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researchpaper - Andrei Guth Eng 101 Mr Johnson The Ethics...

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Andrei Guth Eng 101 Mr. Johnson The Ethics of Embryonic Stem Cell Research History is littered with topics of heavy and heated debate. Holy wars rage over matters of opinion; rallies strike against abortion, gay marriage, and foreign policies. One of the most controversial issues of modern day America is that of stem cell research. Why? Stem cell research is a medical field of experimentation that involves “the undifferentiated cells of human embryos.” (Singer) In other words, scientists use embryos, which are clusters of 50-100 cells before they become human fetuses, in various experiments directed toward the cure of diseases. These embryos can, potentially, form any type of human cell possible. (Goldstein) Recent developments report a type of adult stem cell that reacts the same way as embryonic cells, and therefore could replace them. Yet these developments in no way suggest that embryonic cells are not still viable as a step in cure research. Opposers believe that embryonic cell research is amoral and unethical, but it is neither. It is vital in the evolution of medicine. First of all, the advantages of embryos and their versatility far outweighs its cons. Since they have not yet developed definitive characteristics of the human body, embryos can become any type of cell possible. (Peduzzi-Nelson) As Professor Peter Singer, from Princeton University, says, “When a human embryo consists of… 64 cells, its cells are, like a young dog, able to learn new tricks. If injected into a diseased kidney, they take on… the properties of ordinary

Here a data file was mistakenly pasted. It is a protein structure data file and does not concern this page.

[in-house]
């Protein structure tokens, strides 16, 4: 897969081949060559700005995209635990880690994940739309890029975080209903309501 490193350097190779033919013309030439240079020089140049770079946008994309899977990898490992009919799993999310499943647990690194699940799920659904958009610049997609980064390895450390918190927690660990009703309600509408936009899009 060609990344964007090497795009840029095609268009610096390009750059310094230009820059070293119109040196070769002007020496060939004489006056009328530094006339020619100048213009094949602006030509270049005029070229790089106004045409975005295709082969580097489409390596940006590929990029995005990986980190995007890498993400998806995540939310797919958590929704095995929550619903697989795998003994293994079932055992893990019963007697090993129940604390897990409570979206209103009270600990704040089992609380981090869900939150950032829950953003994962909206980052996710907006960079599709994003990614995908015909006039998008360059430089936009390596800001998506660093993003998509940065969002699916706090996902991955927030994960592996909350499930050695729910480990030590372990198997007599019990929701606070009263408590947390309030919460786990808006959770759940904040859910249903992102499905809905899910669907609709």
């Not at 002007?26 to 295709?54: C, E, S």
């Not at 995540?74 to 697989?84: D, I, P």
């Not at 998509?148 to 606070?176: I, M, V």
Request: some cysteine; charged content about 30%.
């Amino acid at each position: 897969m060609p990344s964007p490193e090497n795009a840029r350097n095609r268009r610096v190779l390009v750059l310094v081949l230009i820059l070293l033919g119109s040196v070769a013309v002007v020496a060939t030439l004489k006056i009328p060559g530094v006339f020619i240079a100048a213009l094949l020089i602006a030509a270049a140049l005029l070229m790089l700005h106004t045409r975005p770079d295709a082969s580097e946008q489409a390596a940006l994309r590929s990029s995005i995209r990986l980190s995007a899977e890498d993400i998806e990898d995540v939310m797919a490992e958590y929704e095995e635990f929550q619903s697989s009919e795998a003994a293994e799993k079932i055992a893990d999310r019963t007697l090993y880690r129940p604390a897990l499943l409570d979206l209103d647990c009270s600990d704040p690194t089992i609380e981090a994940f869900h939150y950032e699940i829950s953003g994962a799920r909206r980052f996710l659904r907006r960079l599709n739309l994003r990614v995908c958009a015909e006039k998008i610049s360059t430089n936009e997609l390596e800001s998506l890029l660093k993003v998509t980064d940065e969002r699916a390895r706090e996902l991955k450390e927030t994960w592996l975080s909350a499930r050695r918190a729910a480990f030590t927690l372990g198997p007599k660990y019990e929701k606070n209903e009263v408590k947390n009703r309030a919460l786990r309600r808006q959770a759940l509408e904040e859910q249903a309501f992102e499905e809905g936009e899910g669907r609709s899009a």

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kidney cells, and may help the kidney to perform its normal function.” (Singer) This means that embryonic cells adapt to create non-injured and non-diseased organ cells. The possibilities for this sort of chameleon skill are practically endless. Leukemia, diabetes, Parkinson’s and Alzheimer’s disease, and damaged nervous systems, such as found in quadriplegics, all stand a chance at a cure. Banning this sort of research is absurd. Under most circumstance, an opposer’s argument is that “the human embryo is, from the moment of conception, a living, innocent human being.” (Singer) Yet this notion is flawed in and of itself. Experiments on rats, which are living, innocent beings, may find controversy in animal rights circles, but do not find themselves banned from continuation. One can only conclude that it is the idea of a human being having a experiment performed on him/her that is objected. Overall, this idea still does not hold. Embryos are no more than a cluster of undeveloped cells. As Professor
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researchpaper - Andrei Guth Eng 101 Mr Johnson The Ethics...

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